After just two years, Montreal’s premiere screening space Blue Sunshine will officially dim its 16mm projector bulb on May 18, 2012. More than just a screening venue with some of the most eclectic cult programming this side of the border, co-founders Dave Bertrand and Kier-La Janisse ‘s focus on all strains of Canada’s filmmaking past made Blue Sunshine one of the best places to catch everything from pioneering Montreal gay classics of the 1970s to vintage local ephemera, forgotten maple syrup porn and just plain ol’ sleazy tax shelter trash.
It was during last year’s Fantasia Festival that I met Dave and Kier-La (in the flesh, anyways) and made my first visit to Blue Sunshine; they subsequently invited me back in November to deliver a lecture on Canadian horror for the Miskatonic Institute of Horror Studies program hosted there. During both visits, it was clear to me that (amongst all the other fantastic programming) the BS co-founders’ support and understanding of Canadian films of the last few decades was more sophisticated than anything happening in other cities, including venue-rich Toronto. While maybe inevitable, the closing of Blue Sunshine isn’t just a loss for local cinephiles, but also for anyone who cares about Canada’s film history, and knows why it’s important to keep these films unspooling in front of screens.
In advance of Blue Sunshine’s final Canadian screening on May 10, LADIES AND GENTLEMEN… MR. LEONARD COHEN, we talked to Dave and Kier-La about why Blue Sunshine had to end, memories about some of his highlights of the last two years and their feelings on audience attitudes towards Canadian filmmaking.
First off, why did you decide to end Blue Sunshine? Oh why, God, why?
DB: Oh God! Well, when Kier-La and I set out to attempt this crazy experiment – that is, starting our own micro-cinema in a city neither of us have ever lived in, and with no financial backing to speak of – a two-year lease was about the maximum we thought we could make it work. Our lease expires at the end of May, and ever since we opened in June 2010, we’ve learned that, though this business is creatively rewarding on so many levels, financially, it just doesn’t work. Despite keeping our film licensing and rental costs to a minimum, the cost of the rent a commercial space on overpriced Boul. St-Laurent, excessive utilities rates, and our numerous attempts to legitimize the business with the city of Montreal, all pricey and ultimately unsuccessful – even when we did really well, attendance-wise, we lost money. On top of that, we’re really, really tired and our mental health is unraveling. But hey, it’s a miracle we made it last two years, and I couldn’t be more thrilled with all we’ve accomplished! We’ve left a big dent on the Montreal film world. I’m honoured that this was a part of my life.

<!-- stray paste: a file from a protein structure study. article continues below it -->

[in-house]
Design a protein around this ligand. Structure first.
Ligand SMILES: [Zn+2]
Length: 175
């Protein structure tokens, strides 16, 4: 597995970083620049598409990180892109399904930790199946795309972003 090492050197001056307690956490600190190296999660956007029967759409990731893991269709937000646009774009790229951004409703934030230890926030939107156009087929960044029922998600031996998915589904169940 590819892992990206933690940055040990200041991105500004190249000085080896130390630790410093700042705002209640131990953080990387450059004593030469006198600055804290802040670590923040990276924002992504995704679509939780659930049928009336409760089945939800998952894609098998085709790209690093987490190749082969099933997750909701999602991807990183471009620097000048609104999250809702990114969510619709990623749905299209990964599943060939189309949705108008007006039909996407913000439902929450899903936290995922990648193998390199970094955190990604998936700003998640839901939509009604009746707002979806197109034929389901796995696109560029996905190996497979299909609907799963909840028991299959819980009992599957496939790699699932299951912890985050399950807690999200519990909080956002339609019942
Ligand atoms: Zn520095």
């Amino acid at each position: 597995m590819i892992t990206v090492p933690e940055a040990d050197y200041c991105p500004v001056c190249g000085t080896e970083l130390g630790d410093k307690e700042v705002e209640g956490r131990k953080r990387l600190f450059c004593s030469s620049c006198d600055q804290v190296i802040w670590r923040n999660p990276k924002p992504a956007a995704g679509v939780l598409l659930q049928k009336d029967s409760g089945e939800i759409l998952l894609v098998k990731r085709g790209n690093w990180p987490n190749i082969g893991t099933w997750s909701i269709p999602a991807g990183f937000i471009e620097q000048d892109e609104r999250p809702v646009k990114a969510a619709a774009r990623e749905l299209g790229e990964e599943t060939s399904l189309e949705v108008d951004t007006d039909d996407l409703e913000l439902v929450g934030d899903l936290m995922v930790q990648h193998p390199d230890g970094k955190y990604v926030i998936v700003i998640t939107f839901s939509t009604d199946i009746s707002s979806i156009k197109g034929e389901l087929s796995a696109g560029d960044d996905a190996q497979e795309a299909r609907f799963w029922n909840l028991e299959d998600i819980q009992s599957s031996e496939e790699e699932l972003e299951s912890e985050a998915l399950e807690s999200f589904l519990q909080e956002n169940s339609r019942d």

Blue Sunshine has always featured a healthy amount of Canadian films. Why was it so important to Blue Sunshine to showcase local movies?
KJ: Honestly I don’t feel we showed enough local movies! But because we often played repertory titles, we’re able to have some perspective on how these films are relevant to our development, individually and as a country. Most Canadians, when they talk about Canadian films, tend to characterize them as middling and bland or just trying to ape American films. It’s only with some distance that you can really see that there’s a strong identity there. It wasn’t until I lived in Texas that I started to appreciate Canadian cinema really. Well, I always liked the tax shelter flicks but that was because Canadian industry seemed so embarrassed by them and so it was fun to side with the underdog. But once I moved to Texas I started to really see Canadian cinema on the whole as unique and worth fighting to preserve. There are things about the films that will be especially funny or poignant to Canadians in whatever region the film is from — specifically films made in Quebec. The best thing about moving to Montreal was discovering how much amazing French-Canadian cinema there is that no one talks about in the rest of Canada. And it is electrifying to sit in a room full of Francophones who are watching a movie that’s engrained in their culture – like the time we showed APRES SKI, and I couldn’t even understand the dialogue, but I was just feeding off the energy in the room. We would have showed way more of these films but the Cinematheque kind of had it covered.